Starting with Dinosaur Derivatives, Jeremy wondered whether there could be value today in a derivatives contract or option to buy a Megalodon. Given that a Megalodon is an extinct species of giant shark, you would think not given that physical delivery might be a problem. That said, Jeremy thinks there could be a market in such an option due to:

  • Brokers - generating demand
  • Control of supply
  • Liquidity - some illiquid assets trade at a 30% premium to illiquid ones
  • Arbitrage - based on some expectation of selling at a higher price
  • Habit

Jeremy then listed off some other assets and considered their value:

  • Gold - no utility in this asset glass, reputed as a "safe-haven" asset
  • Diamonds - again no fundamental utility
  • $ - a fiat currency built on "trust" with no underlying asset, with fiat currencies being used first in China around 1000 years ago
  • Contracts for Difference - again no intrinsic value to this asset class
  • Internet/Social Media stocks - Jeremy thinks we are in internet bubble 2.0 with group think leading valuations astray

Looking at the Theory of Valuation then the comparison of market value versus intrinsic value is really analogous to technical analysis (charting/trending) versus fundamental analysis (balance sheet etc). Jeremy mentioned the Efficient Market Hypothesis (EMH) and said that anyone that has worked in the markets knows that EMH is not adhered to in the real world i.e. assets do not always reflect all information known about them. In particular Jeremy sees the work of Scheleifer and Shiller in behavioral finance as one of the most interesting areas of financial theory to work in, with the potential to quantify "irrationality". Jeremy put forward the following three choices that an individual could choose in terms of what money they would receive and what money another individual might receive:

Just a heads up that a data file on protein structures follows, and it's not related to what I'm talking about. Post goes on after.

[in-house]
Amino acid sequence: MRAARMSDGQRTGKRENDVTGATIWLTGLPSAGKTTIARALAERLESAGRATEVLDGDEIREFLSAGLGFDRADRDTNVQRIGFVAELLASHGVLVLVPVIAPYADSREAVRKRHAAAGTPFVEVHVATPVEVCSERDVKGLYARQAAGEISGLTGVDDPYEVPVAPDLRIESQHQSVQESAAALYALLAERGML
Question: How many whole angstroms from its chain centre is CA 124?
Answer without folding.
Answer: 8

• $100 (me) and $0 (you) - some choose this but not all; we are not all greedy
  • $80 (me) and $80 (you) - most choose this but not all; we are not profit maximizers
  • $0 (me) and $150 (you) - a few choose this but not all; we are not all generous

Moving on to the Credit Crisis, Jeremy said that this was caused due to the mispricing of assets such as CDOs/CLOs and CDS. This mispricing was caused by complexity and a lack of transparency but such characteristics are fundamental to the nature of financial innovation. As an aside, Jeremy mentioned that smaller regional banks tend to trade at higher multiples than say universal banks due to investor perceptions of greater transparency of what is going on and what the risks are.

So moving on to Financial Innovation, Jeremy asked firstly what a financial instrument is?:

  • Rights - to future cashflows etc
  • Contractual strings/permutations - choice but leading to complexity
  • Epicycles upon epicycles - derivatives but more general dependencies and links
  • Some form of legal fiction - to arbitrage regulation and prohibitions

Jeremy talking around prohibition (aka modern regulation) being a driver of innovation, starting in history with the prohibition of usury leading financial innovation to find ways of replicating the returns of interest payments but without there being interest payments, so maybe leasing or buying goods receivable at discounts. Looking at the timeline of financial products through history:

  • Loans - available in Babylonian times
  • Stocks - available in Roman times
  • Convertibles - developed as a form of finance for the creation of the US railroads in the 19th C
  • Derivatives - back to Babylon again with property options
  • Securitizations - late '90s
  • CDS - late '90s

 Considering the Logic of Financial Innovation, Jeremy said that most professional disciplines used either Empirical Testing or Deductive Inference to innovate and check that something "worked" as such. But really there is no "social laboratory" for financial innovation or indeed for the regulation intended to control/shape it, so most things, including additionally macro economic policy, were implemented without prior testing. Jeremy said that financial innovation is both critical to our economies but also very vulnerable due to this lack of testing.